Experiment reveals people in UK think large alcohol measures are small
New research has revealed people risk drink driving this festive season, as in an experiment just 19 per cent could identify the amount of alcohol poured into a glass at home by sight.
With the cost-of-living crisis meaning nearly one in five people are drinking more at home, rather than in pubs and restaurants to save money, people may consume far more alcohol than intended because they underestimate the size of glasses they pour.
The research from Direct Line Motor Insurance saw an experiment where almost three quarters of adults (70 per cent) were shown a large 250ml glass of wine, and believed it was a medium or small glass.
Under a fifth correctly identified how much alcohol was in the glass. The research raises concerns that people could accidentally drink too much when pouring alcohol at home during the festive season.
Most people are clueless when calculating how many units of alcohol are in a large glass of wine. Only 15 per cent correctly identified it contains 3.2 units. The vast majority, 85 per cent, of people either underestimated the number of units or were completely unsure of the amount in the glass they were shown.
The research also found people are no better at estimating the volume of spirits.
When shown a serving of gin in a glass, just 22 per cent correctly identified a double measure.
Nearly six in ten (59 per cent) thought it was a single measure and 13 per cent were unsure. On the units of alcohol in a double measure of gin, only 23 per cent estimated correctly that it contained 1.8 units.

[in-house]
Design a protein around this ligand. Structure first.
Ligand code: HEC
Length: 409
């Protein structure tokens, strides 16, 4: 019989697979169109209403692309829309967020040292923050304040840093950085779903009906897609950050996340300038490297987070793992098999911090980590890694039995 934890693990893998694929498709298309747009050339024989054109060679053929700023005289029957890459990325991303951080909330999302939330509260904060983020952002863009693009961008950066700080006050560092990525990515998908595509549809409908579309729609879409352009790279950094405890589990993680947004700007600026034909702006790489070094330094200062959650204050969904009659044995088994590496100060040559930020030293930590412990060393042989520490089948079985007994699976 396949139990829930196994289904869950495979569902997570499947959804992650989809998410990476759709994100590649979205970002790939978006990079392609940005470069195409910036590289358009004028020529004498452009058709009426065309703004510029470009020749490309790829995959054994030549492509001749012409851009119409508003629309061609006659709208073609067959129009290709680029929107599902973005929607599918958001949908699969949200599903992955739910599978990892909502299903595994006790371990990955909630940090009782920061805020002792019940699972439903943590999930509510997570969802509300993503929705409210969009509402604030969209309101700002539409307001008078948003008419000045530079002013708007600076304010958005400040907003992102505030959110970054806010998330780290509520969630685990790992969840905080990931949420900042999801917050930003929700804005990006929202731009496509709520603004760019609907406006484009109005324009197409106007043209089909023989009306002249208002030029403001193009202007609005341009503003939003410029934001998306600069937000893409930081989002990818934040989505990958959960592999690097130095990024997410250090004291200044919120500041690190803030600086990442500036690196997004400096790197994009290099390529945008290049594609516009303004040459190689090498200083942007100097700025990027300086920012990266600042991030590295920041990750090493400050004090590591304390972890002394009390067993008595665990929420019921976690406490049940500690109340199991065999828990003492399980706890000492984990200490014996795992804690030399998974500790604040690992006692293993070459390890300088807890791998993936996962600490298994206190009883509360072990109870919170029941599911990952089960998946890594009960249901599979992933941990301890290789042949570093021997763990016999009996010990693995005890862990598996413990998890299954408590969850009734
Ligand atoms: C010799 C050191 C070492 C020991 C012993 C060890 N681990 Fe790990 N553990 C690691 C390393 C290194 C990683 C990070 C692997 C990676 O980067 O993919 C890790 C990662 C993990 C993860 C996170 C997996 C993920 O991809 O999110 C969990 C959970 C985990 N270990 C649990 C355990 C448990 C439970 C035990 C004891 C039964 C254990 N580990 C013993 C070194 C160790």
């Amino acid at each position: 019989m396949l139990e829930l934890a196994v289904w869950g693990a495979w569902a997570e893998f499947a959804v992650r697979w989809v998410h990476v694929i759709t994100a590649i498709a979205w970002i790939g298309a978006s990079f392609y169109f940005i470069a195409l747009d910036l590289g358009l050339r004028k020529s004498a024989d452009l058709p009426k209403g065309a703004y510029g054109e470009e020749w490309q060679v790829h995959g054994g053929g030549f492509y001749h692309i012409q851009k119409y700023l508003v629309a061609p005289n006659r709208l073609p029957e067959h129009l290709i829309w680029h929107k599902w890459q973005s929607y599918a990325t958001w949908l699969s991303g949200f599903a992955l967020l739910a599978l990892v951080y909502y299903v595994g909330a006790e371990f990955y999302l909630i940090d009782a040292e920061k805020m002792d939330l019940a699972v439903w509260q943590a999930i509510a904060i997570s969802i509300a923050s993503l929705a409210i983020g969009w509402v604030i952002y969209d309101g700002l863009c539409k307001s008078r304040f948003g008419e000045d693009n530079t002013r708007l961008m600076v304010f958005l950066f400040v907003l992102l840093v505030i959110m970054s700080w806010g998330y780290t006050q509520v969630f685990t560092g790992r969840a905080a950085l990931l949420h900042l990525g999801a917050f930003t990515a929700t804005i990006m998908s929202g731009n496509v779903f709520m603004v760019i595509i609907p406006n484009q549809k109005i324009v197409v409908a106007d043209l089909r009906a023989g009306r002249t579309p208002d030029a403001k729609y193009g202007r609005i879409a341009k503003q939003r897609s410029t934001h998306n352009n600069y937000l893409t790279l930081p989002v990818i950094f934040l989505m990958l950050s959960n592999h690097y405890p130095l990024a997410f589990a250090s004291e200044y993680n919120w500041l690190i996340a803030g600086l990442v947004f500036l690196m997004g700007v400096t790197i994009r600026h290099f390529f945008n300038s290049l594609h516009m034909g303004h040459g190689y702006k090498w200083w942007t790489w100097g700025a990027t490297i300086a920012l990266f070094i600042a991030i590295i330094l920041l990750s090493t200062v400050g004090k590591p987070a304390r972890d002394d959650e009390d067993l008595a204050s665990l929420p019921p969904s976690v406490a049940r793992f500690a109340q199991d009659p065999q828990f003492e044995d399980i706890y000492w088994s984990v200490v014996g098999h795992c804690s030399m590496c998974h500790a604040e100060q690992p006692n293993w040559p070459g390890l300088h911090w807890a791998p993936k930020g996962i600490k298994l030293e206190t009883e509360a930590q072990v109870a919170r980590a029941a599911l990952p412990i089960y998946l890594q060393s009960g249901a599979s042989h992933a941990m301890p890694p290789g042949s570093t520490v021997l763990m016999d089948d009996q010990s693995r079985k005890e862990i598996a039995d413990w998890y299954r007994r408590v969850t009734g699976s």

Direct Line is urging people to monitor the amount of alcohol consumed carefully, using measures if they want to monitor the volume of alcohol being poured.
At present, 39 per cent of drinkers never check how much alcohol they pour at home.
There are strict alcohol limits for drivers, but it is impossible to say exactly how many alcoholic drinks this equals as it is different for each person.
Lorraine Price, Head of Motor Insurance at Direct Line, commented:“The cost-of-living crisis means people are more likely to be drinking at home this festive season rather than in pubs or restaurants that have set measurements for alcohol servings.”
“People find it difficult to gauge how much they pour when drinking at home.”
“There is a serious risk that some people will be over the drink driving limit if driving later that evening or the following morning.”
“It is important people remember people react to alcohol differently, impacted by many factors including your age, metabolism, weight and what you’ve eaten. There’s no one size fits all when drinking this festive season”
Spotted something? Got a story? Send a Facebook Message | A direct message on Twitter | Email: News@Deeside.com